Italian Prime Minister Mario Monti criticized an “inappropriate” declaration by a Nordic country on the euro, saying it has contributed to driving up bond yields in some countries.
Agence France Presse on July 6 incorrectly cited a report in Finnish newspaper Kauppalehti about comments by Finland’s Finance Minister Jutta Urpilainen. AFP said Urpilainen had told the newspaper the country would consider leaving the euro area rather than paying the debts of other countries in the currency bloc. Her aide Matti Hirvola told Bloomberg News on July 6 the AFP report was false.
Finland is committed to membership in the euro area and considers the euro beneficial, Hirvola said. Finland doesn’t support increasing joint liability within the bloc, he said.
Refraining from referring to Finland directly, Monti said that individual member states shouldn’t damage the credibility of decisions made collectively at the European level.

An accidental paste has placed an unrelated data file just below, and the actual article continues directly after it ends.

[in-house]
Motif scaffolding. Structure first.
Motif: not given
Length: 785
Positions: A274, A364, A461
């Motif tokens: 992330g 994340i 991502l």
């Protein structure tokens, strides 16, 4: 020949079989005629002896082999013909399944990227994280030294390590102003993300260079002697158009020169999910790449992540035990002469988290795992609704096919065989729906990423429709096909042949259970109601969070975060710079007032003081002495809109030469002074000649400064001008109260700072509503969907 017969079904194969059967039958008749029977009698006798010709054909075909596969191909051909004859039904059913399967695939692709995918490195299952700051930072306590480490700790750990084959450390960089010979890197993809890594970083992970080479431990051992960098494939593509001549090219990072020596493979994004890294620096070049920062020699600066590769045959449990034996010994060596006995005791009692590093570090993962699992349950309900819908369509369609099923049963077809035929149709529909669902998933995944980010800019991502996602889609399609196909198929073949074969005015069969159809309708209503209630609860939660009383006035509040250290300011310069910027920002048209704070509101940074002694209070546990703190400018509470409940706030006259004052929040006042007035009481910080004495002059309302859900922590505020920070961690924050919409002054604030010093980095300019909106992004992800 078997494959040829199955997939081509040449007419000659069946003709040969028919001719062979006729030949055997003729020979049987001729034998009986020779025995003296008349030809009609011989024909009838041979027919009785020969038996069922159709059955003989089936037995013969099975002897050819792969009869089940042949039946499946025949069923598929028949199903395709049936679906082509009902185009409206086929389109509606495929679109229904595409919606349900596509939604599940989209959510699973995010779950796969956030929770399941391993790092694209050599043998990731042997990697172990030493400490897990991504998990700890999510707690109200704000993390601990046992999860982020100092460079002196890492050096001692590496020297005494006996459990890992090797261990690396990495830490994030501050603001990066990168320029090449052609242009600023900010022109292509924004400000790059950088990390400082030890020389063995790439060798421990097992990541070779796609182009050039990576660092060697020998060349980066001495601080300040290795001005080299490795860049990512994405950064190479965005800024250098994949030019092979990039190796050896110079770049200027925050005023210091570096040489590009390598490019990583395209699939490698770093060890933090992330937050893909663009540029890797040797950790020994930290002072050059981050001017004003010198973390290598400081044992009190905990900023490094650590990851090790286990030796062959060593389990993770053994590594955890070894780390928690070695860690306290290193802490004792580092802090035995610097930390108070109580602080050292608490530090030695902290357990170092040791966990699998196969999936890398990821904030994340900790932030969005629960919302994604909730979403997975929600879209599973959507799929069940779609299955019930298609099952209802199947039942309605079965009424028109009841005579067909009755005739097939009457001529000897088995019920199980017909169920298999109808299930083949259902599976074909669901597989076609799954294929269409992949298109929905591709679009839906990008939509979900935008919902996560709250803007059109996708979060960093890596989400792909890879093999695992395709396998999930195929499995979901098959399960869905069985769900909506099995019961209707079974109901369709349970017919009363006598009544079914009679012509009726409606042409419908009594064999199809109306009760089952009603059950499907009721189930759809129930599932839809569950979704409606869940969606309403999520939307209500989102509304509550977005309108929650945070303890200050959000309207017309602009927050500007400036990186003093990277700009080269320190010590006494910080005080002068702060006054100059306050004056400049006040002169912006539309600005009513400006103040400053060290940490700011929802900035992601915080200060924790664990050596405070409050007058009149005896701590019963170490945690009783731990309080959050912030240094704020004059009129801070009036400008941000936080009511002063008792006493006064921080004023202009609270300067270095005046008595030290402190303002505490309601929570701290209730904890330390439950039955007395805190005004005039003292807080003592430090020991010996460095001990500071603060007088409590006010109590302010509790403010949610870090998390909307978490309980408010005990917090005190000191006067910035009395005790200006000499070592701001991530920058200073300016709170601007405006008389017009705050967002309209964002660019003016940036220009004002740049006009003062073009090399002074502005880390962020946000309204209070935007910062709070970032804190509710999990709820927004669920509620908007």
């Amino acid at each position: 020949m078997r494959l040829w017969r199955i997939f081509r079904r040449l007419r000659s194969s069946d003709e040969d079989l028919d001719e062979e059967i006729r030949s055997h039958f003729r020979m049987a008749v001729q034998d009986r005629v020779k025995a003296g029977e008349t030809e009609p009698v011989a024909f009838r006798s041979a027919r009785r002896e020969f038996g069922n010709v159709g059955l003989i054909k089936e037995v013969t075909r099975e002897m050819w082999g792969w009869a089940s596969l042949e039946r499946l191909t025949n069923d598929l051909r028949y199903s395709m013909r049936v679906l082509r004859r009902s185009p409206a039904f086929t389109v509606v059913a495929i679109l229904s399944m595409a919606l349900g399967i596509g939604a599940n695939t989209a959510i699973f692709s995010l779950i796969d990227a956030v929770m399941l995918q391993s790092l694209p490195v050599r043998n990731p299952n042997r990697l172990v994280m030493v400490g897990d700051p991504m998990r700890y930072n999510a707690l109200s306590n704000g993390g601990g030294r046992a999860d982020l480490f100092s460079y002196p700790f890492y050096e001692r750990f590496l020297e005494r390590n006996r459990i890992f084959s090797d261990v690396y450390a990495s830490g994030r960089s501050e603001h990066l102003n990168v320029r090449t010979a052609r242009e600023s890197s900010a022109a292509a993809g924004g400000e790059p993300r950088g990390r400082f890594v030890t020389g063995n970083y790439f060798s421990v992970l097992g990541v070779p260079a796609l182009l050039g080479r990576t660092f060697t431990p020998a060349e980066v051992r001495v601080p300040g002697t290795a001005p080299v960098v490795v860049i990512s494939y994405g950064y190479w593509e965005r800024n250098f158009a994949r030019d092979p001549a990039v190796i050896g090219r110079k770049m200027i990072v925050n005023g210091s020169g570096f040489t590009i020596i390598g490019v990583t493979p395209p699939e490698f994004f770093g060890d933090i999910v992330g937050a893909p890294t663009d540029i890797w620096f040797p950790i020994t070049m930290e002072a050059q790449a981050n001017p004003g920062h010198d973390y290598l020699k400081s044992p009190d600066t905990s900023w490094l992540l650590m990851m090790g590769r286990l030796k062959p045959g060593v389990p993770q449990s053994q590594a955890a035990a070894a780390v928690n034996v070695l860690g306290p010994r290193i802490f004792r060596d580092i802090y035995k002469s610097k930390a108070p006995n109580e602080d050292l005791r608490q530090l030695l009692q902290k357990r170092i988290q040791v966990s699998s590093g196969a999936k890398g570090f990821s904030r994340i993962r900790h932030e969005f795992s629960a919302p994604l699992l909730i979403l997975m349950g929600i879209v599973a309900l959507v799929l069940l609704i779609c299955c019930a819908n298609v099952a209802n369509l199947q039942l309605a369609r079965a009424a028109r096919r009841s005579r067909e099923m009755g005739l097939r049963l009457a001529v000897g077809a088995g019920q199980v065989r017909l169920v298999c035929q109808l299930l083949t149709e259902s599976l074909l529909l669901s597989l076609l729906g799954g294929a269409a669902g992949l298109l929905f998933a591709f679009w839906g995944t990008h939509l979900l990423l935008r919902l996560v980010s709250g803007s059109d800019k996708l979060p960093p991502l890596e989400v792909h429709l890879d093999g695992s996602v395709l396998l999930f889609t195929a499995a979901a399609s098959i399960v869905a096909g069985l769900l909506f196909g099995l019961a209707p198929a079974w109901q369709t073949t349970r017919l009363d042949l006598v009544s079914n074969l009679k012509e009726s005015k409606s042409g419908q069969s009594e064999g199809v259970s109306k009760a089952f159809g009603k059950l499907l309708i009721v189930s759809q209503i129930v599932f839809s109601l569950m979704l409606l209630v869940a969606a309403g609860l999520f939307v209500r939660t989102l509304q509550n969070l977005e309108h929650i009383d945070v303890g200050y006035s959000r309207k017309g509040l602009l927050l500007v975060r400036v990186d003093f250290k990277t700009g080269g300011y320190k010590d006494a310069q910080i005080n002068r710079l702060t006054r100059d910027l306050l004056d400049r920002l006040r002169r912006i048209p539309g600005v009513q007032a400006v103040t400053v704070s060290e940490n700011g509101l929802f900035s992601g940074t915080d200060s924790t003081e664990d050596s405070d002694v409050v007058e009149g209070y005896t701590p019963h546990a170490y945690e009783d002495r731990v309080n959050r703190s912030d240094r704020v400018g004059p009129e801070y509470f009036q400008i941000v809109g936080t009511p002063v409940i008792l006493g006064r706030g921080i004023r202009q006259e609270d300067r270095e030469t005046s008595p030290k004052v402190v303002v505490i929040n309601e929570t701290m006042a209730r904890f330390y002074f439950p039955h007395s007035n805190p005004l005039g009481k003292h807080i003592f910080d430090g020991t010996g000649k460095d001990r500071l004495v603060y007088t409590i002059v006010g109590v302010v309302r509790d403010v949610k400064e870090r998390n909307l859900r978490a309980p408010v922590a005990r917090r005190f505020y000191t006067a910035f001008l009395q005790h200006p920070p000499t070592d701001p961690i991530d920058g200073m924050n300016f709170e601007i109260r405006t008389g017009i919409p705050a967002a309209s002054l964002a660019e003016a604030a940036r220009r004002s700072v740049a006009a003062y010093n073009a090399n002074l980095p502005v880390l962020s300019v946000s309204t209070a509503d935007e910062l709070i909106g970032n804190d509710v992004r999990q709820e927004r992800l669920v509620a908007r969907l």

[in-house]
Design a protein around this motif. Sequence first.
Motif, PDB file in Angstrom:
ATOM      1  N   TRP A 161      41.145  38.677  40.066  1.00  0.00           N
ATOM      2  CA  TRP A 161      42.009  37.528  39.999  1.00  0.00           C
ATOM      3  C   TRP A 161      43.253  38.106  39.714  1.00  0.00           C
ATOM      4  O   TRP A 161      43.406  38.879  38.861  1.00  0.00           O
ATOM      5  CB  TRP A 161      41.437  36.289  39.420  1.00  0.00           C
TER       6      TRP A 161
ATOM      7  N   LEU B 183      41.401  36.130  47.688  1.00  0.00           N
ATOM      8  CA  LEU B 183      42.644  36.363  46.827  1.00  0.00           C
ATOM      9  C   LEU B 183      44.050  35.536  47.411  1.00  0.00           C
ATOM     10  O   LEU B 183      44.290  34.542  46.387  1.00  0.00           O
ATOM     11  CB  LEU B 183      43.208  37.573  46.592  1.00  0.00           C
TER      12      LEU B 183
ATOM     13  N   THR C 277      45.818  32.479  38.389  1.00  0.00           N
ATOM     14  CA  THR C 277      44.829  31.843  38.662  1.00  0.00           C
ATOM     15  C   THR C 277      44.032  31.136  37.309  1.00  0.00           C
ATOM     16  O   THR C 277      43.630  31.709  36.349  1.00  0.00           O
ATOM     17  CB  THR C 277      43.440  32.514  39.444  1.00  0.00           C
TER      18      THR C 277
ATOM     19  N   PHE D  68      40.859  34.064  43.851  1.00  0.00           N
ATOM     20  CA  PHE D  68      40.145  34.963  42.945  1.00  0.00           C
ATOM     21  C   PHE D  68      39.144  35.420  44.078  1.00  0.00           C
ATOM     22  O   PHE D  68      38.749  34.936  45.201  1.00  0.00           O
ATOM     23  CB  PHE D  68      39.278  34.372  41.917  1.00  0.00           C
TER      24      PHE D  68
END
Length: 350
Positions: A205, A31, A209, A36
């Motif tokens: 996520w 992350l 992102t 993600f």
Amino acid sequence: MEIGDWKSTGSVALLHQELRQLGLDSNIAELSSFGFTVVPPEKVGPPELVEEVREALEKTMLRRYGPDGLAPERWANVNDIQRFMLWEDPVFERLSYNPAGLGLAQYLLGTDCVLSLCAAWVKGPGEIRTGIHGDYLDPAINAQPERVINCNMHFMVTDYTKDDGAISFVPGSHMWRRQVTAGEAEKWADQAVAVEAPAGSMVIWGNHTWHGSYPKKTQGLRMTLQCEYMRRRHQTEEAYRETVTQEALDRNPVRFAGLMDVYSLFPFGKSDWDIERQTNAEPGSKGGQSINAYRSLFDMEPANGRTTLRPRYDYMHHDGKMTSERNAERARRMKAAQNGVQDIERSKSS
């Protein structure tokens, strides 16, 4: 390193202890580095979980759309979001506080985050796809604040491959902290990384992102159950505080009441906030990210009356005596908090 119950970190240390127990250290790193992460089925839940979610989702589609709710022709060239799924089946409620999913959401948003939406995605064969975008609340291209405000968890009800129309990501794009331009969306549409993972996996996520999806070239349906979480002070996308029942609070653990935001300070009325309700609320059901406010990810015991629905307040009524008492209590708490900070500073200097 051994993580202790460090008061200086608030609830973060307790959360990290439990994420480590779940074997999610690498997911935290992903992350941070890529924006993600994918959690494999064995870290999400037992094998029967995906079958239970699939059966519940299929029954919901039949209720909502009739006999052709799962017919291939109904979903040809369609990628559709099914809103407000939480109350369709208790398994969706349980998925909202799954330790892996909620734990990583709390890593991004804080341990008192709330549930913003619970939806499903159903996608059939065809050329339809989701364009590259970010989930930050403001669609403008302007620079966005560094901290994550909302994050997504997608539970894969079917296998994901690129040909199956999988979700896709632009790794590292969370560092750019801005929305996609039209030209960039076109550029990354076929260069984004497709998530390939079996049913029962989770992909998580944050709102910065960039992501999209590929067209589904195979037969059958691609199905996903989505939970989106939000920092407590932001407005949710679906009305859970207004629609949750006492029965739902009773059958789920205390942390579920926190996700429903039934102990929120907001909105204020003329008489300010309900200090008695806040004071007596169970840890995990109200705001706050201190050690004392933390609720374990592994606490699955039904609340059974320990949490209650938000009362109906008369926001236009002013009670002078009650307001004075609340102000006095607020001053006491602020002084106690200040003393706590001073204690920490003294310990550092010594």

“The increase in spread linked to several factors, including the declaration, which I personally consider inappropriate from such and such a Nordic state, that has the effect of reducing the credibility that the European Council decided unanimously,” he told journalists in Aix-en-Provence, France. “We don’t undo unilaterally what we laboriously put together collectively.”
Monti also noted that Italy hasn’t received “one euro” in aid from other European Union member states, while contributing its share of support to bailouts of Greece, Ireland and Portugal. French and German banks have benefited more from support for the peripheral countries than Italian banks.